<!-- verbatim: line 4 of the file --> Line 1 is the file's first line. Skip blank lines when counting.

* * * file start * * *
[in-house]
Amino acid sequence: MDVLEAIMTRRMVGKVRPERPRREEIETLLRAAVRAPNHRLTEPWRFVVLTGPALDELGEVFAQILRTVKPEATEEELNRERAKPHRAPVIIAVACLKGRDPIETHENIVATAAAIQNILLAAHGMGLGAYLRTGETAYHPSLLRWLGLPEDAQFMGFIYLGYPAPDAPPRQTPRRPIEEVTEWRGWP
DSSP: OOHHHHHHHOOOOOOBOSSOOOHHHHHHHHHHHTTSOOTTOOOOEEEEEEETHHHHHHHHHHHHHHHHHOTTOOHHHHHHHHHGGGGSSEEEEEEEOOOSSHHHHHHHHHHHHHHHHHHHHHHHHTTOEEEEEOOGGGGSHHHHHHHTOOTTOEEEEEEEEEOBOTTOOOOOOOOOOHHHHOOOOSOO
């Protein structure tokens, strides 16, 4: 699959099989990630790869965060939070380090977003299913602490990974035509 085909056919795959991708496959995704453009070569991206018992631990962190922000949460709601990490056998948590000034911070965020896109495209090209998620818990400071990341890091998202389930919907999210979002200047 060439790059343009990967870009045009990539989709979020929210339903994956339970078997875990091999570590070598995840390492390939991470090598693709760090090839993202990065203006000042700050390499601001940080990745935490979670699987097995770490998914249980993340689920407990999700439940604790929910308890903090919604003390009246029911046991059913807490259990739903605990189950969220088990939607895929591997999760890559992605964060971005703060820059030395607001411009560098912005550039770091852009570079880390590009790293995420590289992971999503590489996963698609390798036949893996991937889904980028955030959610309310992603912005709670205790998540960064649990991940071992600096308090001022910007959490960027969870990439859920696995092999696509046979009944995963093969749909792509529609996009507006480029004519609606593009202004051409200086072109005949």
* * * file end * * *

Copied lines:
């Protein structure tokens, strides 16, 4: 699959099989990630790869965060939070380090977003299913602490990974035509 085909056919795959991708496959995704453009070569991206018992631990962190922000949460709601990490056998948590000034911070965020896109495209090209998620818990400071990341890091998202389930919907999210979002200047 060439790059343009990967870009045009990539989709979020929210339903994956339970078997875990091999570590070598995840390492390939991470090598693709760090090839993202990065203006000042700050390499601001940080990745935490979670699987097995770490998914249980993340689920407990999700439940604790929910308890903090919604003390009246029911046991059913807490259990739903605990189950969220088990939607895929591997999760890559992605964060971005703060820059030395607001411009560098912005550039770091852009570079880390590009790293995420590289992971999503590489996963698609390798036949893996991937889904980028955030959610309310992603912005709670205790998540960064649990991940071992600096308090001022910007959490960027969870990439859920696995092999696509046979009944995963093969749909792509529609996009507006480029004519609606593009202004051409200086072109005949």